The Filter Coffee

Foreign policy, strategic affairs, defense and governance

Prachanda’s little jaunt

It seems Prachanda wanted little to do with Foreign Secretary Nirupama Rao’s first visit to Nepal, choosing instead to hie himself and CPN(M)’s new foreign policy chief, Krishna Bahadur Mahara to Hong Kong.  His contributions to bringing normalcy to the new republic have been largely negligible.  On the occasions where he has made his presence felt, one was left with no doubt that the intent to bring stability in the nation was subservient to the desire to consolidate power and eliminate democratic due process.

However, while Prachanda may not be interested in dialog with India’s bureaucrats, there is dialog between him and Sitaram Yechury.  It’s no surprise then that Prachanda is able to arrive at very innovative election models for Nepal, including a demand for indirect elections of the President by the Parliament, and a unicameral legislature, with no opposition.

Despite the deadlock in Nepal, Sitaram Yechury’s involvement in political reconciliation, at the behest of New Delhi, is a step in wrong direction. The CPI(M) has done precious little in the areas of governance and social and economic upliftment.  They exist to stymie progress and satisfy their own inflated egos.  But once given the opportunity to lead, they fail, rather spectacularly. One only has to look at the state of affairs in West Bengal and Kerala — bastions of CPI(M) rule in India — and gauge the impact of the decades of their rule on their social and economic development.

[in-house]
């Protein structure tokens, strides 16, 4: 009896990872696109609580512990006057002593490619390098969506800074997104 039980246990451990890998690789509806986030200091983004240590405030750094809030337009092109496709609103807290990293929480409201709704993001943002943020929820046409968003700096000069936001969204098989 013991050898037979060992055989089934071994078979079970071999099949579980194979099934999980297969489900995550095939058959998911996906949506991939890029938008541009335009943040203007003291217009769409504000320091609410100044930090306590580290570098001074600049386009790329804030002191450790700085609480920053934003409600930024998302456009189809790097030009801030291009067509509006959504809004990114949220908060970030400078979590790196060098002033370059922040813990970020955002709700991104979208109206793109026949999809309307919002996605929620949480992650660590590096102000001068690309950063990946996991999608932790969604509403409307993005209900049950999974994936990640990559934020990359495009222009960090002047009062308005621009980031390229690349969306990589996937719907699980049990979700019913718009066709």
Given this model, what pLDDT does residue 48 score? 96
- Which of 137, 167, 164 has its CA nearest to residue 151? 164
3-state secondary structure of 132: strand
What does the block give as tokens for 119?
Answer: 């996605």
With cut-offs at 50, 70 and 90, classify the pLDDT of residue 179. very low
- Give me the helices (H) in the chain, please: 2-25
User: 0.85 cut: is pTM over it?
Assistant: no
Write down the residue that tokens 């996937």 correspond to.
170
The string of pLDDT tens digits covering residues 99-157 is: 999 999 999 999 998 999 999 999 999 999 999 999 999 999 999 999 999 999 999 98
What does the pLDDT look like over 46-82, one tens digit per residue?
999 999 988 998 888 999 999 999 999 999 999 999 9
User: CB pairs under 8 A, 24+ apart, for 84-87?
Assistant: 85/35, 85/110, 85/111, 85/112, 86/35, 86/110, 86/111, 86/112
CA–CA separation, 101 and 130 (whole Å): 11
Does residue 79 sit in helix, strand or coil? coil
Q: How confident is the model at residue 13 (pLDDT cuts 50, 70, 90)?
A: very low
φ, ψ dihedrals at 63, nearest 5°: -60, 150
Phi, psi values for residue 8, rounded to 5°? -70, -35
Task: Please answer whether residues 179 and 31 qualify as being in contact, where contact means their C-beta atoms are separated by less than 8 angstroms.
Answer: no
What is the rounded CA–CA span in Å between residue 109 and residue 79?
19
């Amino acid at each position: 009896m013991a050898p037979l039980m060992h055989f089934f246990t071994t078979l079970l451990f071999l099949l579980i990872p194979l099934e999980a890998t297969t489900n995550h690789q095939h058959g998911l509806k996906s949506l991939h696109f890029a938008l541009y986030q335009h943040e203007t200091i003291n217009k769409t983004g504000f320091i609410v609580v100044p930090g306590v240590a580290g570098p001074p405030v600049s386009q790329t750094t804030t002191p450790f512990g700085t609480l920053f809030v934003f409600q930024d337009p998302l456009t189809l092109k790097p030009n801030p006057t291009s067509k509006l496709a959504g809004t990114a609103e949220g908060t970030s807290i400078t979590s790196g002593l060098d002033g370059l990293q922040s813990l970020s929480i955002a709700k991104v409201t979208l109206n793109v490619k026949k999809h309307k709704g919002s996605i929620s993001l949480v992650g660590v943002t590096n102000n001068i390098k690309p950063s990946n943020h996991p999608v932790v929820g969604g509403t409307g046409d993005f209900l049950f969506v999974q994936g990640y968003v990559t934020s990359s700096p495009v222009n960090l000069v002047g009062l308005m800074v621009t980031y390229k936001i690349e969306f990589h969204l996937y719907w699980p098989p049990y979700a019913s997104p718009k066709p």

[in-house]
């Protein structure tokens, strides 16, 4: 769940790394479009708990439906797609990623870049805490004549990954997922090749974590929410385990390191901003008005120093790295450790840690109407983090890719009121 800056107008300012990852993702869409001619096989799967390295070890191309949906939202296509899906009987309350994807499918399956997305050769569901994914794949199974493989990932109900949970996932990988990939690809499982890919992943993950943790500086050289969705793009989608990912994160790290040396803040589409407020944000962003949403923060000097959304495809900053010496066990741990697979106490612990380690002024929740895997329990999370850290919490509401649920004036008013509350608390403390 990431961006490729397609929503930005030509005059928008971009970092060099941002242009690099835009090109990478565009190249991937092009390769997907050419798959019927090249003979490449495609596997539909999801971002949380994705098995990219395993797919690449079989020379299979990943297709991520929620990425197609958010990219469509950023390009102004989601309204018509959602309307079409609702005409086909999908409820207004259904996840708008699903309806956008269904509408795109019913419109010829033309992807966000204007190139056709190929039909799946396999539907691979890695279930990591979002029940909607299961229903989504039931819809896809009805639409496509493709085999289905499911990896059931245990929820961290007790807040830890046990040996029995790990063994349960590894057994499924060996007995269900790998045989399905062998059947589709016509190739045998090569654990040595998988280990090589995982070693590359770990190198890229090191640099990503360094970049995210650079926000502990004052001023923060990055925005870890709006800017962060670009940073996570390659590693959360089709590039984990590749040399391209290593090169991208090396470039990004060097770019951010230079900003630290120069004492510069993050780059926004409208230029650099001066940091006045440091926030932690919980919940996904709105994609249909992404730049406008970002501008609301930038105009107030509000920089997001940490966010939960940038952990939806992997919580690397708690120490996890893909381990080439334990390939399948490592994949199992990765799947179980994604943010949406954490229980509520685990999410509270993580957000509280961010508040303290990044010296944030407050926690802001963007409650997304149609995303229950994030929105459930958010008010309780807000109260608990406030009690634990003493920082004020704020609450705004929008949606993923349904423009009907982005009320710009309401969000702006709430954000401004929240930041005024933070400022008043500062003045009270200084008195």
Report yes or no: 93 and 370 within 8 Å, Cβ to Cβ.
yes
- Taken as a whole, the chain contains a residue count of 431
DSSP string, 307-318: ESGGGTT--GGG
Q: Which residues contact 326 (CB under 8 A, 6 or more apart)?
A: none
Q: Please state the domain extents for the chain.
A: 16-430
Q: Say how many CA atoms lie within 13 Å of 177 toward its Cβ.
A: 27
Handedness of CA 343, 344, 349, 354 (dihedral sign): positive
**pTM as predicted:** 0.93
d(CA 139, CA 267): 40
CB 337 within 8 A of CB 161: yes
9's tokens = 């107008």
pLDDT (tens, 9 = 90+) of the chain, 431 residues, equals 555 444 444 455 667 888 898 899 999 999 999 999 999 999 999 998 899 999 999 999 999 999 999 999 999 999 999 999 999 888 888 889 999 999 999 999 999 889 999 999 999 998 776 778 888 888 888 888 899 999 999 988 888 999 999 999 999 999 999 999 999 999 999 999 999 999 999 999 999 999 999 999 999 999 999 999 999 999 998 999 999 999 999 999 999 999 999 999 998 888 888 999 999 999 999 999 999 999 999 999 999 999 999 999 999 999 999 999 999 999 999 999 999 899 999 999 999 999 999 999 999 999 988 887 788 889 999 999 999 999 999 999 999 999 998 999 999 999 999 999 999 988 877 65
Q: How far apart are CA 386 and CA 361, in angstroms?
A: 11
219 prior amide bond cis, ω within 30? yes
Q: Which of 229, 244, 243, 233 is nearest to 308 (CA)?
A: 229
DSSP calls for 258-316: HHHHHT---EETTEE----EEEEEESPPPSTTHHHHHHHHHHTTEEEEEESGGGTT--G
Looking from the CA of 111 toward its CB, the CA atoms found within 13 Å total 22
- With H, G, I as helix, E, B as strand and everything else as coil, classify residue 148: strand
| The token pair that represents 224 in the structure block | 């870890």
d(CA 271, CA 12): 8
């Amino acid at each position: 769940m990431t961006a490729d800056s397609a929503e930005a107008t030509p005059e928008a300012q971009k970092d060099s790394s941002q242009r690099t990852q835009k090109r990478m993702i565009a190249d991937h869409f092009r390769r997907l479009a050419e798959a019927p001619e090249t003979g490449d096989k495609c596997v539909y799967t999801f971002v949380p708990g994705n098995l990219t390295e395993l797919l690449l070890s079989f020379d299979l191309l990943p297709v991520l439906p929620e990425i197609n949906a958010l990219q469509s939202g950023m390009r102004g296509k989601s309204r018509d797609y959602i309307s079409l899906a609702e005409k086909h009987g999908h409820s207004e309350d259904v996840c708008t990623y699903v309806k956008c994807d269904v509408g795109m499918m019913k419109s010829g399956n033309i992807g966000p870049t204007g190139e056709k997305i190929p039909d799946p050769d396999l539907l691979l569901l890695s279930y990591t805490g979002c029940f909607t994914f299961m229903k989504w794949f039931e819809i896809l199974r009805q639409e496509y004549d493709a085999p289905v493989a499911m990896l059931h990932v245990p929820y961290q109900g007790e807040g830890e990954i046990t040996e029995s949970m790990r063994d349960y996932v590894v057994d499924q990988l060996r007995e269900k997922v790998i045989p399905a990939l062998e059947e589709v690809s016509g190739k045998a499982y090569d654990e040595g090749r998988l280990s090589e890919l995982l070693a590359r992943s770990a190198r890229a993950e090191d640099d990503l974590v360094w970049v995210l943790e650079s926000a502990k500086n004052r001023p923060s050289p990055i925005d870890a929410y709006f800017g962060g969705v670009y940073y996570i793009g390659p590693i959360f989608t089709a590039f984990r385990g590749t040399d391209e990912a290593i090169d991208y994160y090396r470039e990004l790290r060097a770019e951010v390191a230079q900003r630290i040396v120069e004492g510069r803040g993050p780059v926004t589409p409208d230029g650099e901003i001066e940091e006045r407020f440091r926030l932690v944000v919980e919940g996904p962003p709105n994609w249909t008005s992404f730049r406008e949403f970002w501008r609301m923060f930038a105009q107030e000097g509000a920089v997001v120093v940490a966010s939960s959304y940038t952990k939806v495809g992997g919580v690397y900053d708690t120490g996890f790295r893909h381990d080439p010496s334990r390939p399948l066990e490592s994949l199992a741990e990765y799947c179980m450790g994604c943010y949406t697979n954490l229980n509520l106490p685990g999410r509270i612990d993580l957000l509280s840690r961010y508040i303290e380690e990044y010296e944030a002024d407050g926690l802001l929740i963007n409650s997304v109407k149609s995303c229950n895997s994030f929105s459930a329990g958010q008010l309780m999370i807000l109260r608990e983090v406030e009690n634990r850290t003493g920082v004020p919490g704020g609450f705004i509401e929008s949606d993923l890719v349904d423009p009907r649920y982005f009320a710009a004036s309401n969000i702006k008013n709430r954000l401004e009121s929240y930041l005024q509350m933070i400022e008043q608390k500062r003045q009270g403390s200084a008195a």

And Yechury’s protégés behave no different in Nepal.  Prachanda’s response to PM Madhav Nepal’s recently concluded 34-point agreement with India on areas including trade imbalance, infrastructure, development and military aid, was to complain that the PM’s visit was “humiliating” because it lacked adequate press coverage from the Indian media!

To be sure, there are several issues that confront Nepal today — rehabilitation of the PLA within the armed forces, framing a constitutional framework by May 2010, linguistic reconciliation and quelling ethnic unrest in southern Nepal.  Today, the fate of the new republic is precariously perched; the challenges that confront it are significant, but by no means are they as insurmountable as depicted by Indian and international media.